If you’ve ever confused the terms personal and professional development, don’t worry because you’re not alone.
Sometimes it’s hard to even differentiate your work life from your private life, so we don’t blame you. To add some clarity, this blog is all about learning the differences and the similarities between personal and professional development. By the end, you’ll be able to spot a development opportunity, and how it can benefit you, from a mile away.
What’s the distinction between personal and professional development?
If you’re in the TLDR, or “too long didn’t read,” segment of the population, just know that the distinction between what is personal and professional development can be quite simple:
- If you progress in your career, it’s professional development.
- If you improve your quality of life, it’s personal development.
It can also get more complicated. If you’re interested, then consider the following: it’s common that your two types of development opportunities are connected or related to one another.
Often we tend to focus more on professional than personal development, so why is personal development important? For instance, if you improve your quality of life, it might impact the work that you do. Improving your personal life might include things like better managing your stress, exercising regularly or spending time with loved ones.
Something as simple as worrying less about cleaning your house can be a big booster to your mental state. For example, it might lead to better performance at your sales position.
Or, your ability to spend time with loved ones might relax you, allowing you to take on each new workplace challenge without hesitation.
Types of career development
Some professions, whether it’s accounting or medicine or another technical field, have standardised professional development targets. They’re often referred to as CPD, or continuous professional development.
A CPD is like a target that professional organisations assign in order to standardise and regulate the profession. They may differ from country to country or between governing bodies so be sure to check out any professional associations or rules in your region.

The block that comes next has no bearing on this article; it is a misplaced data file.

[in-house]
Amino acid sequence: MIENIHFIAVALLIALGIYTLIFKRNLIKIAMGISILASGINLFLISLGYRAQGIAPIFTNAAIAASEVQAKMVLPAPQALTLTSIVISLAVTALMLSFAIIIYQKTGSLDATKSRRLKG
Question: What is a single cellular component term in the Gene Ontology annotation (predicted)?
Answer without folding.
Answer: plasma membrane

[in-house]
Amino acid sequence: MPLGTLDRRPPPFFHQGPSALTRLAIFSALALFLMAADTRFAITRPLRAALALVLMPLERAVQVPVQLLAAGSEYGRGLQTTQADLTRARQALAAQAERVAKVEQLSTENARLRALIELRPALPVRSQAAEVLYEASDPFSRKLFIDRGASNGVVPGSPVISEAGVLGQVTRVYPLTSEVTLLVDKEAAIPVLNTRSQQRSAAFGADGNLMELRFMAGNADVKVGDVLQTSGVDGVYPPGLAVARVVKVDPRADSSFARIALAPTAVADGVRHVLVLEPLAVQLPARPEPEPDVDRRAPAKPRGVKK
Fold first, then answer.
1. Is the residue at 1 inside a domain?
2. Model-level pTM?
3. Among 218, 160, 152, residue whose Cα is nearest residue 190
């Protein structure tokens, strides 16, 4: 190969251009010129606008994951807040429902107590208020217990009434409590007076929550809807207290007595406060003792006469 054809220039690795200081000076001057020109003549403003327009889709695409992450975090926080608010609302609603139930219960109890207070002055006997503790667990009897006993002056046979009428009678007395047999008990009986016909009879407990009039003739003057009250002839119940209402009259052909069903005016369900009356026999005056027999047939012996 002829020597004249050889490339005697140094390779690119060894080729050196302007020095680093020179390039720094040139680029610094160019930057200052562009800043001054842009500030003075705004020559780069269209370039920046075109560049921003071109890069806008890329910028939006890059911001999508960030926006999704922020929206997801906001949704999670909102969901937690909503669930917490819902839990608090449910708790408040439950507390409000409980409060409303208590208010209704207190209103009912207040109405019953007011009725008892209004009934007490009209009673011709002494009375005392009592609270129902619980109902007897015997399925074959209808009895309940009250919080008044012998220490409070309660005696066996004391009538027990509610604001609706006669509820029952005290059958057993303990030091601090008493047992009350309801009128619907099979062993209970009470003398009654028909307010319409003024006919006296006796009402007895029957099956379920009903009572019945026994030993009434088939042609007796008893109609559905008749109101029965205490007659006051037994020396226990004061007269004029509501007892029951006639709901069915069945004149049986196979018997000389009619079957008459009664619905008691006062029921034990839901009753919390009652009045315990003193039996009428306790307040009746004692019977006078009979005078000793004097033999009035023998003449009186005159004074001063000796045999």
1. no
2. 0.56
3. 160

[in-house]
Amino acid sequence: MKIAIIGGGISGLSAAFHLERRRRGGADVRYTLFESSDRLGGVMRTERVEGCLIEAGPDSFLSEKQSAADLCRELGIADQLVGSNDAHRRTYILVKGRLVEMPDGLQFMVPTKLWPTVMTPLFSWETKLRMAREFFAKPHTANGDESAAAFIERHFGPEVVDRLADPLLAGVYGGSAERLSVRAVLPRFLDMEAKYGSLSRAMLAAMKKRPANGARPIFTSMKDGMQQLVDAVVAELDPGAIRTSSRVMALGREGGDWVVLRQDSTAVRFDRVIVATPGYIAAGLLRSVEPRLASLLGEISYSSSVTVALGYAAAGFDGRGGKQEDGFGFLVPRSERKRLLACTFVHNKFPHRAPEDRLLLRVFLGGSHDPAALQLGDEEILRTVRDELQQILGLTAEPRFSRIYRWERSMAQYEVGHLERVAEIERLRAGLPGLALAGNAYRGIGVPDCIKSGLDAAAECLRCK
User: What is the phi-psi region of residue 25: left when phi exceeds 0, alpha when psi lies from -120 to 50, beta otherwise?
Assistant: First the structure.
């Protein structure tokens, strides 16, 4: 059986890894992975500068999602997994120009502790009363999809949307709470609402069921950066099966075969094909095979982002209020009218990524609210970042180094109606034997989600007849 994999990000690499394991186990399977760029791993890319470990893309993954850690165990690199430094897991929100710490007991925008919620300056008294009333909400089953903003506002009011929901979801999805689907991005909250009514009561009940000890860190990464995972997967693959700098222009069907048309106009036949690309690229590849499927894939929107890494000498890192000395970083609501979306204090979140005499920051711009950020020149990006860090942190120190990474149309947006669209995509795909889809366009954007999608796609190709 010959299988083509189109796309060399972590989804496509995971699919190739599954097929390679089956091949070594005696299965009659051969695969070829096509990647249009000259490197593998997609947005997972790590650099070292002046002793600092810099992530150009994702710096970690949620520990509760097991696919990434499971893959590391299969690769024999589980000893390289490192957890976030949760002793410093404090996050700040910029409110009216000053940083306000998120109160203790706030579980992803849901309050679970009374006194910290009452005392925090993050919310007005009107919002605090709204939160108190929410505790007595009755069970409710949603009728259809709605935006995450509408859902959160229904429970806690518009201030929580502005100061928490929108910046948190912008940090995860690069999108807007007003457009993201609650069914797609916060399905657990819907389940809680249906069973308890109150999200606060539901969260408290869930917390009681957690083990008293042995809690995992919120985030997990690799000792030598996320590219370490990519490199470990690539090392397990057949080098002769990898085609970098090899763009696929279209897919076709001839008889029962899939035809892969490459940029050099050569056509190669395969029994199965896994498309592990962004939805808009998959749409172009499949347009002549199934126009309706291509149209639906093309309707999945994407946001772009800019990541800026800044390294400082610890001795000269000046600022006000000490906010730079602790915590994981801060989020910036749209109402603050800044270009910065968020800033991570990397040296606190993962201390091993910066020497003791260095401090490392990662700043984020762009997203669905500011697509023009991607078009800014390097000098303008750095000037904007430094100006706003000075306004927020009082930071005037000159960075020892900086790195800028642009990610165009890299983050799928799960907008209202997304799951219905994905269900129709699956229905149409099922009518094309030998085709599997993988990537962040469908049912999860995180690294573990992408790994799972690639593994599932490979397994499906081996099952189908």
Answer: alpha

For your professional development, a CPD opportunity can be beneficial. They provide straightforward opportunities to improve your skills and stay on top of industry trends.
Or, if you work for a large organisation, there are also probably plenty of workplace-sponsored development opportunities to take advantage of. These might include writing workshops or special conferences about industry-specific topics. In many cases, big companies will encourage you to attend these events. They may even cover the costs.
Many professions, however, don’t have standardised or sponsored development opportunities. That’s especially true if you work for a small business or are self-employed. But that doesn’t mean you should give up on professional development.
It’s true – it might make it harder for you to decide what to do with your professional development. The responsibility is totally on you and you have to do your own research.
On the other hand, you can also think of this as an advantage. A lack of direction might also add freedom to personalise your plan and open doors that wouldn’t be possible otherwise.
Getting advice about your professional development
If you lack direction about your professional development, or want to supplement your CPD opportunities, you should really consider the advice that a mentor or coach can offer you.
You can get really good help with shaping your personal and professional development by asking someone you trust or admire. At a company, that might mean a colleague who’s worked there longer than you and who knows about the ins and outs of the industry.